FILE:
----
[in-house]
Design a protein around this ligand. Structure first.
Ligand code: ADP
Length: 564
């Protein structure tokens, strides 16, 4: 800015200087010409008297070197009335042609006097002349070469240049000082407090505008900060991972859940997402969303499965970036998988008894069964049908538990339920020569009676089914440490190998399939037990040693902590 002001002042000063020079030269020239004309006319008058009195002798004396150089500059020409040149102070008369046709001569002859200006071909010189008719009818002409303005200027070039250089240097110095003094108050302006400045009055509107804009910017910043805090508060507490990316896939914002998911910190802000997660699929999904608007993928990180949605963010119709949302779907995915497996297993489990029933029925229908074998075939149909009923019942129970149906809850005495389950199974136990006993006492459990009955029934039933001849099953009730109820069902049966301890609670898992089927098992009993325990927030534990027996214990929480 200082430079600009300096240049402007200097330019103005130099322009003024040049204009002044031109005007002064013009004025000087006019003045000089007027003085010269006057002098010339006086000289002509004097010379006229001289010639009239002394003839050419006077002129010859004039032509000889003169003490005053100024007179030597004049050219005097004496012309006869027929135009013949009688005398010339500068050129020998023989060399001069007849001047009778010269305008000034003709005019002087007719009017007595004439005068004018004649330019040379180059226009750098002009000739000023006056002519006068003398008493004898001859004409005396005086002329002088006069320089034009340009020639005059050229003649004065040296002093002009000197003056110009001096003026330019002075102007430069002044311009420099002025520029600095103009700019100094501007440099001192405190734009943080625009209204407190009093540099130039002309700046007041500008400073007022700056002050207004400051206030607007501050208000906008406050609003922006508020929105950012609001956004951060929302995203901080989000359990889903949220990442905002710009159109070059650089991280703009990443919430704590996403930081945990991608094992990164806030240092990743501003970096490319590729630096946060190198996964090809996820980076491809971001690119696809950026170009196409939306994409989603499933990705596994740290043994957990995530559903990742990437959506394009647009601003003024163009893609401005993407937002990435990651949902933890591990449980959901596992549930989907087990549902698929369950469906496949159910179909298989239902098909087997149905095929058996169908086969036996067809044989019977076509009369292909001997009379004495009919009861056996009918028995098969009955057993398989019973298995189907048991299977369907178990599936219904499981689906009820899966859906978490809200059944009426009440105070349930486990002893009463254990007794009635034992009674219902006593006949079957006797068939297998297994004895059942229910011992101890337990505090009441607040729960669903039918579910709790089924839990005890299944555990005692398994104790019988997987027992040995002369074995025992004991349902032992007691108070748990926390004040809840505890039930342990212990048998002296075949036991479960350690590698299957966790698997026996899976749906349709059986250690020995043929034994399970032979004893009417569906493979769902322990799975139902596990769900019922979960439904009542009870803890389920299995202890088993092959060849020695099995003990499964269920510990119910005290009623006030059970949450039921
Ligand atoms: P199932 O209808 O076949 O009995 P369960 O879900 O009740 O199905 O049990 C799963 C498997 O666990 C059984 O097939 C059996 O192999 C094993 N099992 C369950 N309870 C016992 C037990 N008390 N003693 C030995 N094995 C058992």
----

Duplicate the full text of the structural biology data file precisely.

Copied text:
[in-house]
Design a protein around this ligand. Structure first.
Ligand code: ADP
Length: 564
């Protein structure tokens, strides 16, 4: 800015200087010409008297070197009335042609006097002349070469240049000082407090505008900060991972859940997402969303499965970036998988008894069964049908538990339920020569009676089914440490190998399939037990040693902590 002001002042000063020079030269020239004309006319008058009195002798004396150089500059020409040149102070008369046709001569002859200006071909010189008719009818002409303005200027070039250089240097110095003094108050302006400045009055509107804009910017910043805090508060507490990316896939914002998911910190802000997660699929999904608007993928990180949605963010119709949302779907995915497996297993489990029933029925229908074998075939149909009923019942129970149906809850005495389950199974136990006993006492459990009955029934039933001849099953009730109820069902049966301890609670898992089927098992009993325990927030534990027996214990929480 200082430079600009300096240049402007200097330019103005130099322009003024040049204009002044031109005007002064013009004025000087006019003045000089007027003085010269006057002098010339006086000289002509004097010379006229001289010639009239002394003839050419006077002129010859004039032509000889003169003490005053100024007179030597004049050219005097004496012309006869027929135009013949009688005398010339500068050129020998023989060399001069007849001047009778010269305008000034003709005019002087007719009017007595004439005068004018004649330019040379180059226009750098002009000739000023006056002519006068003398008493004898001859004409005396005086002329002088006069320089034009340009020639005059050229003649004065040296002093002009000197003056110009001096003026330019002075102007430069002044311009420099002025520029600095103009700019100094501007440099001192405190734009943080625009209204407190009093540099130039002309700046007041500008400073007022700056002050207004400051206030607007501050208000906008406050609003922006508020929105950012609001956004951060929302995203901080989000359990889903949220990442905002710009159109070059650089991280703009990443919430704590996403930081945990991608094992990164806030240092990743501003970096490319590729630096946060190198996964090809996820980076491809971001690119696809950026170009196409939306994409989603499933990705596994740290043994957990995530559903990742990437959506394009647009601003003024163009893609401005993407937002990435990651949902933890591990449980959901596992549930989907087990549902698929369950469906496949159910179909298989239902098909087997149905095929058996169908086969036996067809044989019977076509009369292909001997009379004495009919009861056996009918028995098969009955057993398989019973298995189907048991299977369907178990599936219904499981689906009820899966859906978490809200059944009426009440105070349930486990002893009463254990007794009635034992009674219902006593006949079957006797068939297998297994004895059942229910011992101890337990505090009441607040729960669903039918579910709790089924839990005890299944555990005692398994104790019988997987027992040995002369074995025992004991349902032992007691108070748990926390004040809840505890039930342990212990048998002296075949036991479960350690590698299957966790698997026996899976749906349709059986250690020995043929034994399970032979004893009417569906493979769902322990799975139902596990769900019922979960439904009542009870803890389920299995202890088993092959060849020695099995003990499964269920510990119910005290009623006030059970949450039921
Ligand atoms: P199932 O209808 O076949 O009995 P369960 O879900 O009740 O199905 O049990 C799963 C498997 O666990 C059984 O097939 C059996 O192999 C094993 N099992 C369950 N309870 C016992 C037990 N008390 N003693 C030995 N094995 C058992």